CNBC's Bob Pisani and Art Cashin, of UBS, discuss geopolitical uncertainties and their impact on the markets.» Read More
Two marketwatchers recently sat down in a interview with CNBC to share their thoughts on the credit crisis, the economy, and the smart moves to make while the market is in limbo.
Hundreds of people gathered on the steps of Federal Hall near the NYSE to hear community leaders protest the $700-billion, taxpayer-funded bailout of troubled financial giants.
David Dreman, chairman and chief investment officer at DremanValue Management, says we’re in one of the worst panics we’ve ever been in but there are major values around.
Despite the high level of volatility, MarkTravis, of Intrepid Capital Funds, sees opportunities in this market environment. He advises investors to look for businesses with no financing risk.
Dean Barber, chief investment officer at the Barber Financial Group, says we have entered a long-term secular bear market, and he’s remaining cautious.
Agriculturals are defensive commodity plays, said Jonathan Kleisner, managing director of investment strategies at REX Capital Group.
Jonathan Vyorst, manager of the Paradigm Value Fund, sees opportunities in financials.
Ted Parrish, portfolio manager at Henssler Equity Fund, told CNBC it's a good time to take advantage of what big-cap stocks offer.
It's time to look at global stocks on a top-down basis, said James Moffett, Scout Investment Advisors chairman on "Street Signs."
High quality stocks are on the cheap, said Abhijit Chakrabortti, Morgan Stanley chief global equity analyst.
The government is starting to purchase stakes in financials, so should investors follow suit? Michael Cuggino, manager of the Permanent Portfolio Fund, says yes.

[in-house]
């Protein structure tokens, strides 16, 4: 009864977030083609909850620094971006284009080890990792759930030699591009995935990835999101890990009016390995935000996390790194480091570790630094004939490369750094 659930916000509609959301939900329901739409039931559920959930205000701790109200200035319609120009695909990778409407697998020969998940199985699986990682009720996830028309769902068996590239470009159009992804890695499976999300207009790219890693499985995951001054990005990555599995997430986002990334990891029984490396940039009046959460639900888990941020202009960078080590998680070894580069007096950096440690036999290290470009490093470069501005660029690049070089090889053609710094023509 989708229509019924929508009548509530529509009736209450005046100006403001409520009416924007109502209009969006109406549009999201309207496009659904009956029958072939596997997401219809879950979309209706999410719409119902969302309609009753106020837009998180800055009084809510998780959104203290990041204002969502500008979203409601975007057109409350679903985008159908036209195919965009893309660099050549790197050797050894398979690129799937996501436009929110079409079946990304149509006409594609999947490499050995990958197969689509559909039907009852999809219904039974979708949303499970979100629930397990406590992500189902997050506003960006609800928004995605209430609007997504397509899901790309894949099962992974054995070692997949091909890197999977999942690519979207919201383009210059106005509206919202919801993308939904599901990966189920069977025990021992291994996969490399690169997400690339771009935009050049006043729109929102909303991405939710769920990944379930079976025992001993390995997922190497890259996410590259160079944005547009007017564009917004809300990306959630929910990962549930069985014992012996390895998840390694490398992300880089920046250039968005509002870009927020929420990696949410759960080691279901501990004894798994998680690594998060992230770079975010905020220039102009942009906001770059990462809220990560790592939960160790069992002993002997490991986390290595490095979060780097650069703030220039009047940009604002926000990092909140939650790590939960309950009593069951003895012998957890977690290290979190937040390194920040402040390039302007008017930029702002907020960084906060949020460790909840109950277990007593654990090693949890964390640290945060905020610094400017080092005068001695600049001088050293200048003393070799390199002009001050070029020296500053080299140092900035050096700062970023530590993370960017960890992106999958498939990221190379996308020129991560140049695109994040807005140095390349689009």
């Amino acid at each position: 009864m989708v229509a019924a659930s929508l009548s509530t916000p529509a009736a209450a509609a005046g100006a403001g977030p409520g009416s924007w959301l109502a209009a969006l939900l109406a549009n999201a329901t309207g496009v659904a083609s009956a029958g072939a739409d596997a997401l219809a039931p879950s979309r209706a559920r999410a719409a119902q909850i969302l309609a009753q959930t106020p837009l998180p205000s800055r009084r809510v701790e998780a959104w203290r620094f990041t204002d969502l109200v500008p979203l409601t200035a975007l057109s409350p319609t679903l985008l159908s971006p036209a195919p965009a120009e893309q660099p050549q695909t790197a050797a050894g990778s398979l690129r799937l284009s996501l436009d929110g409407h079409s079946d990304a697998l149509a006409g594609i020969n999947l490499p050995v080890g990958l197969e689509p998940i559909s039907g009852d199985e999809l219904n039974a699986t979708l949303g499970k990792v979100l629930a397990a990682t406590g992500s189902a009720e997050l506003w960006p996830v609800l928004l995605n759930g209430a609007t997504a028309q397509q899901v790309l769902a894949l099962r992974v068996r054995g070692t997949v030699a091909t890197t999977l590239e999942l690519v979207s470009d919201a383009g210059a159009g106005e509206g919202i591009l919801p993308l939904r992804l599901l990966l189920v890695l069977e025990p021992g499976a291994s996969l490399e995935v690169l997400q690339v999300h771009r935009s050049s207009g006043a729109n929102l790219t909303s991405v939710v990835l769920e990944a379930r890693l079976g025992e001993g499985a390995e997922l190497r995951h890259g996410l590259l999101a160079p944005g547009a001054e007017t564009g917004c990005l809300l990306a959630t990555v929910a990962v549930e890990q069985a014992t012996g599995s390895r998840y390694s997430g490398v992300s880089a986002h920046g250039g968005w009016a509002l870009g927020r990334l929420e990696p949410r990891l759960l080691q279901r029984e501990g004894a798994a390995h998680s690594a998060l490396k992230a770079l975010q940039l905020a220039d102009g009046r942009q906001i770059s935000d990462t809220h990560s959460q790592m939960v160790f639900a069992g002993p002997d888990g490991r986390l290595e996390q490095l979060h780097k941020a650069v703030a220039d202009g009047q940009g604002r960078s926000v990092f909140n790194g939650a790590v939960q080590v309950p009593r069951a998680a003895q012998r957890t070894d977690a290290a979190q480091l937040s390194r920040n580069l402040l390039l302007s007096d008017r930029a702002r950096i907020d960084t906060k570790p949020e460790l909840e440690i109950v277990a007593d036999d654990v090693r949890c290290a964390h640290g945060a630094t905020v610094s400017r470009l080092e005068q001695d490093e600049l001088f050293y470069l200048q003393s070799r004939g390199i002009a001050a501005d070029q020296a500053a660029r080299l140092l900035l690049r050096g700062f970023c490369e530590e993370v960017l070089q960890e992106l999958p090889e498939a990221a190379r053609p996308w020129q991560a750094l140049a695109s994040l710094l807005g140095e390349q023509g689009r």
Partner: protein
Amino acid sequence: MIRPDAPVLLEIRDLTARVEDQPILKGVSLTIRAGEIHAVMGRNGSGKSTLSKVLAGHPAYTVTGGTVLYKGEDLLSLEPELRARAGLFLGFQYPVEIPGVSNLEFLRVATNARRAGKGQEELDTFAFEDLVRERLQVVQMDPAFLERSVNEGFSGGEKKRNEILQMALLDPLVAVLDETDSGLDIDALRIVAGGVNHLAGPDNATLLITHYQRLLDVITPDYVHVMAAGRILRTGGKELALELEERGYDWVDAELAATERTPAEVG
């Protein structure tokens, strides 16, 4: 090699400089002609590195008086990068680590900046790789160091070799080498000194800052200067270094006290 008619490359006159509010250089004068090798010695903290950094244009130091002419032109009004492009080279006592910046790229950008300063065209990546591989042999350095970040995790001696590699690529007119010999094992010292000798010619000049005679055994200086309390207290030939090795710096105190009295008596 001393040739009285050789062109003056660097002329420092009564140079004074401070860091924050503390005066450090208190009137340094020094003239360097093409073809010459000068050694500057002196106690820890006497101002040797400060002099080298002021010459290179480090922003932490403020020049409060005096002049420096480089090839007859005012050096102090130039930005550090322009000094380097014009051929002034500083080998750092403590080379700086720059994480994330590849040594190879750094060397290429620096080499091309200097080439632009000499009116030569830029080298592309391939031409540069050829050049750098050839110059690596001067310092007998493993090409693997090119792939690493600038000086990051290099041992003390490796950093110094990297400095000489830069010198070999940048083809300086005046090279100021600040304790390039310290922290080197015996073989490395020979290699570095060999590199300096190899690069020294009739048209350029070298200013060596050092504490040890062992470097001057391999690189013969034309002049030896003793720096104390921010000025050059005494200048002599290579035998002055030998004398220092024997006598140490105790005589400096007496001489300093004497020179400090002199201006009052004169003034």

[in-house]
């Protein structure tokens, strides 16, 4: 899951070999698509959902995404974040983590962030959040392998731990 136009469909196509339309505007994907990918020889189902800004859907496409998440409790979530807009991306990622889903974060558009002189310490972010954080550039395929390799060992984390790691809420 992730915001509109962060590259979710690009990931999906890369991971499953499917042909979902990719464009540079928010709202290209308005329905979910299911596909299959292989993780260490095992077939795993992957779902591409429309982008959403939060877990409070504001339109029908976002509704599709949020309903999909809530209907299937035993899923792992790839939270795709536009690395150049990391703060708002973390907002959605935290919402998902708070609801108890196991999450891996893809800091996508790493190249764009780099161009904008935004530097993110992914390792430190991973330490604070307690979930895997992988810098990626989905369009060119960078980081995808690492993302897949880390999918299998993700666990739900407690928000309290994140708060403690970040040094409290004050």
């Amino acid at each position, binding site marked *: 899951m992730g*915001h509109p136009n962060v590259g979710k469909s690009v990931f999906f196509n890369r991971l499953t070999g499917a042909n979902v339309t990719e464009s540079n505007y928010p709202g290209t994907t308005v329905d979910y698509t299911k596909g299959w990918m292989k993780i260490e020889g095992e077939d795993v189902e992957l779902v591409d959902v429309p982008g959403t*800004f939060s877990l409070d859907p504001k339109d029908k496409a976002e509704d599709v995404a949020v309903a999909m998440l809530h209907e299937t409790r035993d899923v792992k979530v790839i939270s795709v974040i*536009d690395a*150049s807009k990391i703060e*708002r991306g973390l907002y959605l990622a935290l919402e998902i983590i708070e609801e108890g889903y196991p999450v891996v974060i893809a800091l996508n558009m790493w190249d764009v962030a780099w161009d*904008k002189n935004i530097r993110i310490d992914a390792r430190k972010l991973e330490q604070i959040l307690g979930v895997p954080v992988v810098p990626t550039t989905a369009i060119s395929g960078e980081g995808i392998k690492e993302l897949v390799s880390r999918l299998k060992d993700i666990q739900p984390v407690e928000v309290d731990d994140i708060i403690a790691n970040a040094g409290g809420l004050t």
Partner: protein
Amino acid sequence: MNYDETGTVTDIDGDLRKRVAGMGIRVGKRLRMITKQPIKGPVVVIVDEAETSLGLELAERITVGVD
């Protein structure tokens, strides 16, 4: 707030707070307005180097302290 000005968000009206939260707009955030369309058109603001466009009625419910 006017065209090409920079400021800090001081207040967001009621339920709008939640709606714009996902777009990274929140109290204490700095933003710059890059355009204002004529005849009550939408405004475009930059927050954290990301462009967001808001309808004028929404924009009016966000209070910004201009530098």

Focus on yields, says John Merrill, Tanglewood Wealth Management, because there are some "incredible bargains."
Stocks bounced back from their worst week ever with one of their best performances in history as investors cheered a global cash infusion designed to unthaw the credit market and avoid a global meltdown. The Dow gained more than 900 points, its biggest one-day point gain ever.
What stocks are going to be left standing after the current crisis has run its course? Paul Kedrosky of Ten Asset Management believes it will be companies that handle financial risk and tranparency well.
Stocks bounced back from their worst week ever as investors cheered a series of measures and cash injections by governments and central banks designed to prop up the banking sector and avoid a global meltdown. The Dow was up nearly 500 points, or more than 5.5 percent.
Shana Orczyk, research analyst at Peak Financial Management, said if we have not hit the market bottom yet, we're close.
At a time when many investors are looking to cash out, some market experts caution to stay in.
The next market shaking event will be Washington Mutual swaps, says Craig Columbus, Advanced Equities Asset Management chief market strategist.
As U.S. stocks opened higher on overseas gains ands news of European bank rescues, the experts cautioned investors to stay in the markets.
Stocks rallied at the opening bell Monday following a series of measures and cash injections by governments and central banks designed to prop up the banking sector and avoid a global meltdown. The Dow was up about 400 points, or 5 percent, within the first few minutes of trading.